Foreign Building Codes

This is a very abbreviated list of countries, their building codes, and several organizations which help establish them. It is meant to provide links for further information on a particular country. Keep in mind that local and regional regulations may exist in addition to any listed here. Please feel free to correct and/or add any information as you see the need.

In some countries, the government or a government-selected organization develops building standards which are then enforced nation-wide, while in others, local authorities adapt a set of model codes to fit their needs. Most model codes require purchase; however, an almost-identical adaptation of this code by a municipality is most-often free of charge.

Association of Caribbean States :
The
ACS was established in 1994 and is now comprised of 25 Caribbean and Central American States. Summits are held every few years, and over the last decade, member countries have established the following goals for themselves: the strengthening of the regional co-operation, preserving the environmental integrity of the Caribbean Sea, and promoting the sustainable development of the Greater Caribbean. To meet these goals, they have focused on the industries of transport, trade, sustainable tourism and natural disaster preparedness, the latter of which has led to a set of recommended Wind and Seismic Codes. These model codes were developed using precedents, such as International Building Code. They are not mandated by any country but are used when revising current building codes (see CUBiC and individual countries). (www.acs-aec.org)

Australia : The Building Code of Australia is written and maintained by a government board and has been adopted by all states and territories, making it a true national building code.

Canada
: A national set of codes were first published in 1941 by the National Research Council, and fire codes were established in 1963. However, similarly to the United States, each province has its own set of additional codes which are modified from the national model. Only Labrador has failed to adopt the plumbing code province-wide, with Nova Scotia and Prince Edward Island either following no fire code or their own. An abbreviated, interpreted version of Ontario's codes can be found here, while a portion of Manitoba's version can be found by navigating around this site. The province of Alberta has recently adopted more stringent fire codes, with the changes shown here, while national codes are expected to follow in the next few years.

Caribbean Uniform Building Code (CUBiC) : This set of codes was developed by Caribbean engineers in 1985 for a group of 15 countries. It has been adopted by some countries but is mostly used as a guideline. (see ACS and individual countries)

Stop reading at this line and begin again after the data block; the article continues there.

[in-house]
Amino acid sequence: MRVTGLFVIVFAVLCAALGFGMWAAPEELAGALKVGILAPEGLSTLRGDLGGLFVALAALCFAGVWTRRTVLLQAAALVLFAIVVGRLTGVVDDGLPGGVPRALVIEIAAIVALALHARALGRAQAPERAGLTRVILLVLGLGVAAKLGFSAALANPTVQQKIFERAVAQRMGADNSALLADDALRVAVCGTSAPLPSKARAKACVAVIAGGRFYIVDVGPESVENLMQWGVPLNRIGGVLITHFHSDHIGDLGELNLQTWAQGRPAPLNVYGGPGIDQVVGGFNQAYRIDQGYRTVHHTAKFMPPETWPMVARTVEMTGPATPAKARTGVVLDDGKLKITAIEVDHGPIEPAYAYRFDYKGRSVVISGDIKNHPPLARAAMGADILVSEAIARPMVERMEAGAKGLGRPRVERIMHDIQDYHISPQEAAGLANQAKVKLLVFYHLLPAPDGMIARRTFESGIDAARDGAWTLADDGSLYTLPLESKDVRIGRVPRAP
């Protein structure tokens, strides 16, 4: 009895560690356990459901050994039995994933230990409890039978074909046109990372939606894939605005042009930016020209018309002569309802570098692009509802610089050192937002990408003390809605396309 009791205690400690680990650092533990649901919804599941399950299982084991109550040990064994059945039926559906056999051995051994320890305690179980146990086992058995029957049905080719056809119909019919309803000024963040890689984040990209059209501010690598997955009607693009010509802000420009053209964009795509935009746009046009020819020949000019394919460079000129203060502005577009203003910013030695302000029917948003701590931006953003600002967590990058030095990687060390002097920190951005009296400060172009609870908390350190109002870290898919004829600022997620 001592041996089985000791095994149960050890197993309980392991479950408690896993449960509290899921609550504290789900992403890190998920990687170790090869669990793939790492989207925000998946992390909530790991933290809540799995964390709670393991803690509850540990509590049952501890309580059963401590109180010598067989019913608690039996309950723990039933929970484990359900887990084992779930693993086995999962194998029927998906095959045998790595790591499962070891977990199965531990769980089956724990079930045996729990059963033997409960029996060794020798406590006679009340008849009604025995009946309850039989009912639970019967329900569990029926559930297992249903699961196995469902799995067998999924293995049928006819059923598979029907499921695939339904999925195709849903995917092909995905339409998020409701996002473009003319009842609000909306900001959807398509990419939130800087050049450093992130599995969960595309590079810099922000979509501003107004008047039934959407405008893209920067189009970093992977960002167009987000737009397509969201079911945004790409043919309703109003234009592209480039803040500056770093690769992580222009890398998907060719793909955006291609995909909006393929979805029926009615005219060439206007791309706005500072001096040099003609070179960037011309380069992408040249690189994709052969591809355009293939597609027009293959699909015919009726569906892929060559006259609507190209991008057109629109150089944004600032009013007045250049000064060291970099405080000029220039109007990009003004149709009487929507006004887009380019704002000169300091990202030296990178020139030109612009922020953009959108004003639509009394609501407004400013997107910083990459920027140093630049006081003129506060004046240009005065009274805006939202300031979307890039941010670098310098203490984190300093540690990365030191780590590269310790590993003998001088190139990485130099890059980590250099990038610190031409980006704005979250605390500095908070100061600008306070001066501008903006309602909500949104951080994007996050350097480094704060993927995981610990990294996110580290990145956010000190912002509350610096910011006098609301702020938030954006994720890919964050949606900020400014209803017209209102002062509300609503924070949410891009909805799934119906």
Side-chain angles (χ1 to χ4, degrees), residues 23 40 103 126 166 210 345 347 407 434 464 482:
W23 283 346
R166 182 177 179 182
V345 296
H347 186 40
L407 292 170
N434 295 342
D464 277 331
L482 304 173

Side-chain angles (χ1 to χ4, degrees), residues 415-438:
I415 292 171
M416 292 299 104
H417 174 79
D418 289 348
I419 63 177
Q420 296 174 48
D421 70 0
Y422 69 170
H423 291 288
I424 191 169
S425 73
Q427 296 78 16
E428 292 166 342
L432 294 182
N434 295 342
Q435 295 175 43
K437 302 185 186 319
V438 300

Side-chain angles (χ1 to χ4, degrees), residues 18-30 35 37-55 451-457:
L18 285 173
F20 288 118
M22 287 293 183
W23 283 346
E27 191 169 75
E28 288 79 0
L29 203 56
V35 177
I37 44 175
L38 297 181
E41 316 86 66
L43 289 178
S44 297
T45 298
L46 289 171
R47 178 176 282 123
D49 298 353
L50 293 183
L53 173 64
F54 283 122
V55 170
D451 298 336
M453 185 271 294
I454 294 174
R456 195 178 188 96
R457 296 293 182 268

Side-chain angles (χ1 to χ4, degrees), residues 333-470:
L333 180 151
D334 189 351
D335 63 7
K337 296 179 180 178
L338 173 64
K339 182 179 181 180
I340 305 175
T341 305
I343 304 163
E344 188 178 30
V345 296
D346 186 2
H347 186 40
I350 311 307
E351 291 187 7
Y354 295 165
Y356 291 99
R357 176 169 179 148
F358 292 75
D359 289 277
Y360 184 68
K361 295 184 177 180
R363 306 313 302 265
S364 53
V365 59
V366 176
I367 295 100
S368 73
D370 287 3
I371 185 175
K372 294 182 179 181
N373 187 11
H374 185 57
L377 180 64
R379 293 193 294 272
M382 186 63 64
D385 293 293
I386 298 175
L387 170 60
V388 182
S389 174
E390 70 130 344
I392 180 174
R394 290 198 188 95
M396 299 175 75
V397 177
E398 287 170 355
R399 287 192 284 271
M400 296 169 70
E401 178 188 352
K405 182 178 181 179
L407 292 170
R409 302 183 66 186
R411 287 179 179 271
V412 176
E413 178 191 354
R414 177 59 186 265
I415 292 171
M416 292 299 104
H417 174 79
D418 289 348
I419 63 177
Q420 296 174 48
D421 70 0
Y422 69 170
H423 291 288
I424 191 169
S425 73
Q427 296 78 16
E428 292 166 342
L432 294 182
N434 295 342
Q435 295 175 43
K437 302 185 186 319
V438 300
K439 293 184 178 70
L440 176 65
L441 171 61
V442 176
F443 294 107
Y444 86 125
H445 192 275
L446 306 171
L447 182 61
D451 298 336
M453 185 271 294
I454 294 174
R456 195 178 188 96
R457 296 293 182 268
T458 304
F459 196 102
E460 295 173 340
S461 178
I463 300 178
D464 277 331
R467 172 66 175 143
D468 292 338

China : Chinese Building Codes and Regulations can be found here and here, as summarized by Massachusetts Institute of Technology, and green standards have also been laid out. Enforcement of codes and regulations is very unreliable, varying greatly depending on geography and demographics.

European Union (EU) : The EU developed a list of 58 standards in 2007
which have been or are in the process of being adopted by all member states as national codes. Implementation and enforcement is variable, and more information can be found here.

France : The Housing and Construction Code can be found in French here.

Jamaica : The most current enforceable building code dates back to 1902, with CUBiC being voluntarily adopted by about 50% of engineers. Fears of earthquakes and flooding have led some to spearhead the effort to draft new IBC-based codes. The slow process of passing a new law means that it could be a decade or more before an up-to-date code is enforced.

India : The National Building Code of India serves as a model for each construction project in the country, with local authorities deciding which apply in their respective jurisdiction. A copy of the standards is available for sale, while a portion of fire safety standards can be found with commentary here.

International Code Council (ICC) and International Building Code (IBC) : This non-profit group first published a cohesive set of codes in 1994 which have become the most widely-adopted model in the United States. The IBC has also been applied to many other countries' drafting of national codes.

Italy : As part of the EU, Italy has a set of up-to-date codes at its fingertips, but the enforcement of these codes is a problem for the country. Emphasis on historical preservation and a generally laid-back national attitude have probably contributed to the lax implementation of standards, but it needs to change rapidly.

Mexico : In a partnership with the ICC, Mexico's government began rewriting their residential codes for residential projects. In a move toward sustainability, energy-efficient guidelines are also under development. The world's most populous urban center of Mexico City is also known for its seismic activity. It has some of the most stringent earthquake codes, while the rest of the country struggles with implementation and enforcement of regulations.

New Zealand
: Published in 1992 and last revised in 2004, the current Building Act is performance- rather than detail-based and is meant to provide transparency to consumers.

United Kingdom : UK Building Regulations are administered by local governments, except those countries which have established their own codes: Northern Ireland and Scotland. An explanatory booklet for English and Welsh building regulations is available online.

Vietnam : As in much of Asia, Vietnam has a heightened concern for earthquakes, but their building standards do not reflect this. Currently, codes are only used for large, highly-trafficked or highly-visible projects, and these are borrowed from other countries' codes since Vietnam does not have any established by the government.

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